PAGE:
Despite anti-spam laws, the amount of spam e-mail messages I receive has grown enormously. You probably feel the same way. The problem with spam laws is that someone has to enforce them, but the e-mail spam problem is so enormous that only the largest and most aggressive USA spammers get prosecuted. Foreign spammers are not subject to USA laws and are much harder to identify. There are, however, some fundamental things that you can do to lessen the amount of spam that you receive, particularly if you have a business.
First and foremost, the best way to prevent your e-mail address from finding its way to a spam list is to never, under any circumstances, publish the e-mail address on a web page. Why? Because most email ends up on spam lists because one of the hundreds of spam bots–also called e-mail harvesters–found it on a web site and automatically added it to a spam list. If you need to publish an e-mail address, create an image file for the e-mail address and display that. Spambots cannot read text in images, so they will not find the e-mail address if you display it in an image.
Second, never, ever click on a spam message or any links in a spam message. This includes links that assure that the message will be removed from the spammer’s database. While this may work for legitimate sources of e-mail, I am willing to bet that few spammers really care about the laws, especially if they are in a foreign country. When you click on any link, you are very likely just verifying that your e-mail address is valid, which pretty much guarantees that it will be added to hundreds of spam lists.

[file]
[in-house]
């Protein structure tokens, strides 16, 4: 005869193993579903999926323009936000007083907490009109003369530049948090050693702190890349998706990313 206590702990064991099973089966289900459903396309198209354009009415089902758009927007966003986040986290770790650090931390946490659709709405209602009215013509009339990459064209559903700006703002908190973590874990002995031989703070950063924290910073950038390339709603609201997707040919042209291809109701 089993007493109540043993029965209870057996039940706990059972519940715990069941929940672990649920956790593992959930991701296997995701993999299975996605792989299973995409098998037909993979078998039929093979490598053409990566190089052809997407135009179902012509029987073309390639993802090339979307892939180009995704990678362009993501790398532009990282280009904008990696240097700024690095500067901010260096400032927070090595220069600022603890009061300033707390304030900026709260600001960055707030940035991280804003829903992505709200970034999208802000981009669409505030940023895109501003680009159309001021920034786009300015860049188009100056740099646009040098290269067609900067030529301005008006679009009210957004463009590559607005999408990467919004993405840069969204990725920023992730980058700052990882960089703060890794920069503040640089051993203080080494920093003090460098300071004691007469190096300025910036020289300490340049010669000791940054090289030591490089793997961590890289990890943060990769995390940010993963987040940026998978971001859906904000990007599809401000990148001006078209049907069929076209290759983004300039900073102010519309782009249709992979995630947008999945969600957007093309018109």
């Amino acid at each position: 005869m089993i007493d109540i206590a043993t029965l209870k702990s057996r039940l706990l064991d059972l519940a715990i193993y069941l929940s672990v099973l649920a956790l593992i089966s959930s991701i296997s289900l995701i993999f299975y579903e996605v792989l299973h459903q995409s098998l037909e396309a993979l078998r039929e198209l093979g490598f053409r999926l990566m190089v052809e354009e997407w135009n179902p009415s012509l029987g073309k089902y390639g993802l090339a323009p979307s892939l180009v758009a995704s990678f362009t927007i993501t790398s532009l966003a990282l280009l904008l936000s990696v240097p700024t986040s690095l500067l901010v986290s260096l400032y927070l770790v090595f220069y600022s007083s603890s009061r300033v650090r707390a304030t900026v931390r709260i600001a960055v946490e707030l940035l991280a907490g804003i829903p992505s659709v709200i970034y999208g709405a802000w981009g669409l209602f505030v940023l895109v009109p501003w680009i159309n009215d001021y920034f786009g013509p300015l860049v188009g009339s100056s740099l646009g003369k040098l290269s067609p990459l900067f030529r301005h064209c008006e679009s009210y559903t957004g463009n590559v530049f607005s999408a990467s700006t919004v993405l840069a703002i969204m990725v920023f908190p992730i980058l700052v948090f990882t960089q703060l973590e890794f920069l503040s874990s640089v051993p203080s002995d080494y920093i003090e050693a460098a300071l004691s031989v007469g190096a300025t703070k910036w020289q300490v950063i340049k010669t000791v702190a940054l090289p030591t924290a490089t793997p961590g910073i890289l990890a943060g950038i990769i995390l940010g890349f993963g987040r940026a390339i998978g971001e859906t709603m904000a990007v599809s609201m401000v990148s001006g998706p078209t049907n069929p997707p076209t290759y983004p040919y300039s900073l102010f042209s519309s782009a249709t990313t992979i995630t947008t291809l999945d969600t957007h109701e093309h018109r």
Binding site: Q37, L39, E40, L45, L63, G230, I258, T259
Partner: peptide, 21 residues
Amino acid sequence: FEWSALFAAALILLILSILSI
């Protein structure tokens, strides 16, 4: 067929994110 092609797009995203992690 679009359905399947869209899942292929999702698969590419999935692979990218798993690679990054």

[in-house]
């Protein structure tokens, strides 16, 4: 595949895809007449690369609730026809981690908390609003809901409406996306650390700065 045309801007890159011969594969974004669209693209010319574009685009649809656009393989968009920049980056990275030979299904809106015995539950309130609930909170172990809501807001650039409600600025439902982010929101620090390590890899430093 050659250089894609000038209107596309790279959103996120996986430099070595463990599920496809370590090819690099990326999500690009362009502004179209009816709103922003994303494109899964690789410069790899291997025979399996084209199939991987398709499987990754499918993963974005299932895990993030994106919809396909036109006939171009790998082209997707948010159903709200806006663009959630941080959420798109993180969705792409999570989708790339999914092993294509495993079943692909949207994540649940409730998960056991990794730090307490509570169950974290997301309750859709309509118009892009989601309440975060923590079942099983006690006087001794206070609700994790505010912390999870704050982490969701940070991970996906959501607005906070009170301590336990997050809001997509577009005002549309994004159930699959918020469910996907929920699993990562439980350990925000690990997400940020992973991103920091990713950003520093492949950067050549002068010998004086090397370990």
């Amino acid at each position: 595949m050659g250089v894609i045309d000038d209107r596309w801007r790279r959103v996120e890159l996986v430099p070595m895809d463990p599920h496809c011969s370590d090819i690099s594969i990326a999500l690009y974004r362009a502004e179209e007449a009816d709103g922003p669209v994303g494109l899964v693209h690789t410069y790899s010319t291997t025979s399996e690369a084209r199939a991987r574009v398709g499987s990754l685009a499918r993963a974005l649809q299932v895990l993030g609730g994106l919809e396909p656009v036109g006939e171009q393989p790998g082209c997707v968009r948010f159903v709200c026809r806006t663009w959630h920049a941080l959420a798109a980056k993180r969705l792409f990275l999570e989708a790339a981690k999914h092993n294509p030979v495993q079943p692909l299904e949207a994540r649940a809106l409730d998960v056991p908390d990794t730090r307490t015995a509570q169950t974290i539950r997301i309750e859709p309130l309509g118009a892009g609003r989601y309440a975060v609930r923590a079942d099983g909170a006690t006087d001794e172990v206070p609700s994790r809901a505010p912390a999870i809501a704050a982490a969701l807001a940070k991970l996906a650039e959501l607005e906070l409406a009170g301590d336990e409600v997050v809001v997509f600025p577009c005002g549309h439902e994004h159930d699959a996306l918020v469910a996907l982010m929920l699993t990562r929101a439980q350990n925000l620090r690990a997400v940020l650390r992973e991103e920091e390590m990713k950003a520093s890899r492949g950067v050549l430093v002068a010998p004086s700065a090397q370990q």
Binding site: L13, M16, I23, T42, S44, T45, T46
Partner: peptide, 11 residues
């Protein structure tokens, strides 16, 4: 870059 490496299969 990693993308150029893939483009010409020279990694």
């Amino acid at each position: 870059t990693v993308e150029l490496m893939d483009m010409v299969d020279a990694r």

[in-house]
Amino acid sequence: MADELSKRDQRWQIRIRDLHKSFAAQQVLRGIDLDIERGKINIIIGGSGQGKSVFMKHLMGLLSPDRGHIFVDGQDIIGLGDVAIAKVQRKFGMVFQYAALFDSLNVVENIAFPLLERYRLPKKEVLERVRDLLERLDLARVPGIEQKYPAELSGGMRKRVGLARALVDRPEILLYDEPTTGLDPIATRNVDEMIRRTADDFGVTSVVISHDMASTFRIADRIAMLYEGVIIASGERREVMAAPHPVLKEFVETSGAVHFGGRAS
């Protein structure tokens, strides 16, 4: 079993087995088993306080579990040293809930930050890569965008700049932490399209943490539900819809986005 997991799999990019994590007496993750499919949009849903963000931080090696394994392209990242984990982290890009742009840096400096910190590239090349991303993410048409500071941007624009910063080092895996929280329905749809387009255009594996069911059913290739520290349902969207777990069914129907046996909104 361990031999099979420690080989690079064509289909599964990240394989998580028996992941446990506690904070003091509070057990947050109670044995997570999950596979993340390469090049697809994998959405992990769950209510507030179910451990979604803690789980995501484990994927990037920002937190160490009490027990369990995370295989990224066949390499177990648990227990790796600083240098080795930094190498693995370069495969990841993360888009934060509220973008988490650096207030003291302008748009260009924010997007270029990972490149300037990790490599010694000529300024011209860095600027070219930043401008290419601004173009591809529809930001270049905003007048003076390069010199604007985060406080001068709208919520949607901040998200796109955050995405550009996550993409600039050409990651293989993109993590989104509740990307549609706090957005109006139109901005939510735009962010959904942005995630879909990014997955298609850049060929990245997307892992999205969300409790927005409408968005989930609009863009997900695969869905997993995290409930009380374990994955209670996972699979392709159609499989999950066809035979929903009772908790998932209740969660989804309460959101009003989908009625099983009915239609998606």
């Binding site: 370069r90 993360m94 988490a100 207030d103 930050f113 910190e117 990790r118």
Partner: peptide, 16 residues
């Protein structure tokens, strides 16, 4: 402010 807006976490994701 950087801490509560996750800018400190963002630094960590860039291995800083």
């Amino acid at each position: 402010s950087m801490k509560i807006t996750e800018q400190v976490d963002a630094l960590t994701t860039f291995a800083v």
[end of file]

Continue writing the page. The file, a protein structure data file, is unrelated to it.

Third, much of the spam that we receive comes from spammer programs that randomly generate e-mail account names using the domain names of popular ISPs and then send an e-mail to that address. If it bounces back, they know the e-mail address is not valid. If it does not bounce back, it may be a valid e-mail address.
Many spammers use a library of account names that are attached to other libraries of domain names. The account name if the portion of the e-mail address found to the left of the @ symbol. The domain is the part to the right.
Due to the fact that we run several web-based businesses, we have noticed a pattern of account names that many spammers use to see if an e-mail address is valid. The account names are attached to lists of domain names that can easily be found on the web and are used to generate spam for commonly used e-mail addresses.
The following is a list of account names that are frequently used with spam messages. If you wish to cut down on the amount of spam that you receive, it may be wise to avoid using these names.
If you run a business and you need to use a sales-related e-mail address, try using simple variations, such as email@example.com or firstname.lastname@example.org. If you avoid using some of the most commonly used account names, you can avoid wasting a lot of time trying to separate legitimate e-mail from spam.